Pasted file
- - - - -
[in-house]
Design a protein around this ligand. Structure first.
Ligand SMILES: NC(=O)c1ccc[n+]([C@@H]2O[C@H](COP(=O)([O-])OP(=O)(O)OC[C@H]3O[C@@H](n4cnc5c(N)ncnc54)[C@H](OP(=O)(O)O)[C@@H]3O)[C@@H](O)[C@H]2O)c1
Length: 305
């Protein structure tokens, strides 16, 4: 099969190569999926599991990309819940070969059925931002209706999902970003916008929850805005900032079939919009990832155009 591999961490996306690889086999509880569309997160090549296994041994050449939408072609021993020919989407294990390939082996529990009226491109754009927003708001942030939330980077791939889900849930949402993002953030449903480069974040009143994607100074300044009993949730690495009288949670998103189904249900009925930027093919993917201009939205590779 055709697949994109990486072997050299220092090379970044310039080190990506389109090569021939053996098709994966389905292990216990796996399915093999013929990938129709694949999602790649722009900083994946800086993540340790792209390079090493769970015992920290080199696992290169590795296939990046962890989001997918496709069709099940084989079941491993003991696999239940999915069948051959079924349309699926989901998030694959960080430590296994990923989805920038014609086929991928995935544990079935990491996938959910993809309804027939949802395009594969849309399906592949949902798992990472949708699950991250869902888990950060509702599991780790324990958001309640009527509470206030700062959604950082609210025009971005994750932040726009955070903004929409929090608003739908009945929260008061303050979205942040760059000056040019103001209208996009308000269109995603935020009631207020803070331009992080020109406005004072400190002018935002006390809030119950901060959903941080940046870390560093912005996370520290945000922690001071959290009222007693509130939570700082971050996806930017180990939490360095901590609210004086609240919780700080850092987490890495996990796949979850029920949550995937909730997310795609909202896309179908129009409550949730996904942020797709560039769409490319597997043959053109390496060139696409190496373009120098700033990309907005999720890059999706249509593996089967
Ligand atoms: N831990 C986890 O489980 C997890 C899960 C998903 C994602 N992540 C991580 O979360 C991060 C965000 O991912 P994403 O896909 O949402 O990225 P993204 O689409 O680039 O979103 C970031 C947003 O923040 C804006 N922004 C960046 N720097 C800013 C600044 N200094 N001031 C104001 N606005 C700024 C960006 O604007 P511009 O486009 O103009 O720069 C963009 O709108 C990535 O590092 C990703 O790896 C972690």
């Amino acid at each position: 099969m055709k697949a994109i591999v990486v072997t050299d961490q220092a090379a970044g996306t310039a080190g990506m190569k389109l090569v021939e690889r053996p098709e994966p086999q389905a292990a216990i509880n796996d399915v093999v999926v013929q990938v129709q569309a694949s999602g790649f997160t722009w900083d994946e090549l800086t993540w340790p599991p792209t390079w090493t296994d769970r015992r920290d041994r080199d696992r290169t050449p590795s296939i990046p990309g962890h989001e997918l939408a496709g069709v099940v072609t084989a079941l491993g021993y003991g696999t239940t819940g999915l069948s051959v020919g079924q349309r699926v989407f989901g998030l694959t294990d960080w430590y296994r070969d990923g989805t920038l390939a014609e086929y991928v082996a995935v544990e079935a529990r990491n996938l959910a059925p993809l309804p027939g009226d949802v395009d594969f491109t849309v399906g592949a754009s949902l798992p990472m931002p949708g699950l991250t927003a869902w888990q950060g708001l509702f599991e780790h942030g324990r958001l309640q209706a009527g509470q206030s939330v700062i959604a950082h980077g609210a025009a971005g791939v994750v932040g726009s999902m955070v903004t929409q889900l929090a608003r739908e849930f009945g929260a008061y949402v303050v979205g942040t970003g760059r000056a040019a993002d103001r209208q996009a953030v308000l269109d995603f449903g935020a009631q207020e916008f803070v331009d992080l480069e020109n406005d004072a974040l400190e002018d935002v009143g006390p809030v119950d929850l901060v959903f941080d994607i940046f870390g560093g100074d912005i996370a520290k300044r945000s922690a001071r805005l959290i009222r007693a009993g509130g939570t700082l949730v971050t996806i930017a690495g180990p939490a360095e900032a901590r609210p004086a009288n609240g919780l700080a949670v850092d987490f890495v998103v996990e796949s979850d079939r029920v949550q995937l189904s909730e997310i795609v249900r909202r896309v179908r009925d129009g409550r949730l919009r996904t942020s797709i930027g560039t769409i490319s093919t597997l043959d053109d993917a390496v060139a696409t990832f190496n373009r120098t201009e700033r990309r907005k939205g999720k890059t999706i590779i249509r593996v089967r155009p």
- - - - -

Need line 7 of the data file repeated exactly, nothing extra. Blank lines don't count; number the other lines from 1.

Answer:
């Amino acid at each position: 099969m055709k697949a994109i591999v990486v072997t050299d961490q220092a090379a970044g996306t310039a080190g990506m190569k389109l090569v021939e690889r053996p098709e994966p086999q389905a292990a216990i509880n796996d399915v093999v999926v013929q990938v129709q569309a694949s999602g790649f997160t722009w900083d994946e090549l800086t993540w340790p599991p792209t390079w090493t296994d769970r015992r920290d041994r080199d696992r290169t050449p590795s296939i990046p990309g962890h989001e997918l939408a496709g069709v099940v072609t084989a079941l491993g021993y003991g696999t239940t819940g999915l069948s051959v020919g079924q349309r699926v989407f989901g998030l694959t294990d960080w430590y296994r070969d990923g989805t920038l390939a014609e086929y991928v082996a995935v544990e079935a529990r990491n996938l959910a059925p993809l309804p027939g009226d949802v395009d594969f491109t849309v399906g592949a754009s949902l798992p990472m931002p949708g699950l991250t927003a869902w888990q950060g708001l509702f599991e780790h942030g324990r958001l309640q209706a009527g509470q206030s939330v700062i959604a950082h980077g609210a025009a971005g791939v994750v932040g726009s999902m955070v903004t929409q889900l929090a608003r739908e849930f009945g929260a008061y949402v303050v979205g942040t970003g760059r000056a040019a993002d103001r209208q996009a953030v308000l269109d995603f449903g935020a009631q207020e916008f803070v331009d992080l480069e020109n406005d004072a974040l400190e002018d935002v009143g006390p809030v119950d929850l901060v959903f941080d994607i940046f870390g560093g100074d912005i996370a520290k300044r945000s922690a001071r805005l959290i009222r007693a009993g509130g939570t700082l949730v971050t996806i930017a690495g180990p939490a360095e900032a901590r609210p004086a009288n609240g919780l700080a949670v850092d987490f890495v998103v996990e796949s979850d079939r029920v949550q995937l189904s909730e997310i795609v249900r909202r896309v179908r009925d129009g409550r949730l919009r996904t942020s797709i930027g560039t769409i490319s093919t597997l043959d053109d993917a390496v060139a696409t990832f190496n373009r120098t201009e700033r990309r907005k939205g999720k890059t999706i590779i249509r593996v089967r155009p």